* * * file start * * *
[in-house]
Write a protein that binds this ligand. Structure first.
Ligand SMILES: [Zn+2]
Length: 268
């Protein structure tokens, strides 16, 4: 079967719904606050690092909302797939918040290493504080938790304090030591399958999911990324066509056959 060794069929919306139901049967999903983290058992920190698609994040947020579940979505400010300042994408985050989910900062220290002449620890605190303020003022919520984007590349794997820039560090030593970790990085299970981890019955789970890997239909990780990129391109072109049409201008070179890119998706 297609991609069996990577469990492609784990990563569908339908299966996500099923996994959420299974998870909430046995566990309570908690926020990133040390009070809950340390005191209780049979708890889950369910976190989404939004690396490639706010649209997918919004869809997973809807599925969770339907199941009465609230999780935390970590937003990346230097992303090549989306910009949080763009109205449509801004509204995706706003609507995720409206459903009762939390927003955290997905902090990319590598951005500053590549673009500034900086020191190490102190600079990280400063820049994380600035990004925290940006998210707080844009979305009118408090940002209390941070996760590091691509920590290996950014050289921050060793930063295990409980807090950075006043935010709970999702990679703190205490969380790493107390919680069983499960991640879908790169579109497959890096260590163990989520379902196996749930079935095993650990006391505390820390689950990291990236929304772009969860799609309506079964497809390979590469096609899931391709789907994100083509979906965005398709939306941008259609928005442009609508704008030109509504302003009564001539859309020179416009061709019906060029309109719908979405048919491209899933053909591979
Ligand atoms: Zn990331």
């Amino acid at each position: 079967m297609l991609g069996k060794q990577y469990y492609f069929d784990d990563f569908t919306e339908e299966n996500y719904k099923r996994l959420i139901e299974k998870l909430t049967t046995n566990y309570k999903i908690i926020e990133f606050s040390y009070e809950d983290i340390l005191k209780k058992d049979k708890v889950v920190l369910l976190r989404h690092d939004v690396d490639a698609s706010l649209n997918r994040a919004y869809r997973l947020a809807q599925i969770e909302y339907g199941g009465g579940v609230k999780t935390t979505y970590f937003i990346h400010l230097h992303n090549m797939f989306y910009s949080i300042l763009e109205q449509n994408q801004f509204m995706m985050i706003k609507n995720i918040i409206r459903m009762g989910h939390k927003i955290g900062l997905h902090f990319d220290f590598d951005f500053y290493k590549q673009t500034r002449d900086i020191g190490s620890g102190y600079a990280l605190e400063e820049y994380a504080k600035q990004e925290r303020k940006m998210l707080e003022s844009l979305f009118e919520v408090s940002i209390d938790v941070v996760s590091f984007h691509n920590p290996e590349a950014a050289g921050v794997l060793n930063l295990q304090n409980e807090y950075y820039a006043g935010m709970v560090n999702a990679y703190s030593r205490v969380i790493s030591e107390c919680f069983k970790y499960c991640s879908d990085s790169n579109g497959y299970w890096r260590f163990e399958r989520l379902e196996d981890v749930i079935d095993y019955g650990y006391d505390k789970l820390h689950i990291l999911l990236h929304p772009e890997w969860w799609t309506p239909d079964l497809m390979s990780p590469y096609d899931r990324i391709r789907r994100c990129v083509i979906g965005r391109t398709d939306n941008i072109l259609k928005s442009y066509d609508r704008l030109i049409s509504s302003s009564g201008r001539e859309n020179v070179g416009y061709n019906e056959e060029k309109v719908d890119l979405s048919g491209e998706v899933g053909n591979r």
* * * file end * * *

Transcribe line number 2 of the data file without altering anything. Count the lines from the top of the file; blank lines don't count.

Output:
Write a protein that binds this ligand. Structure first.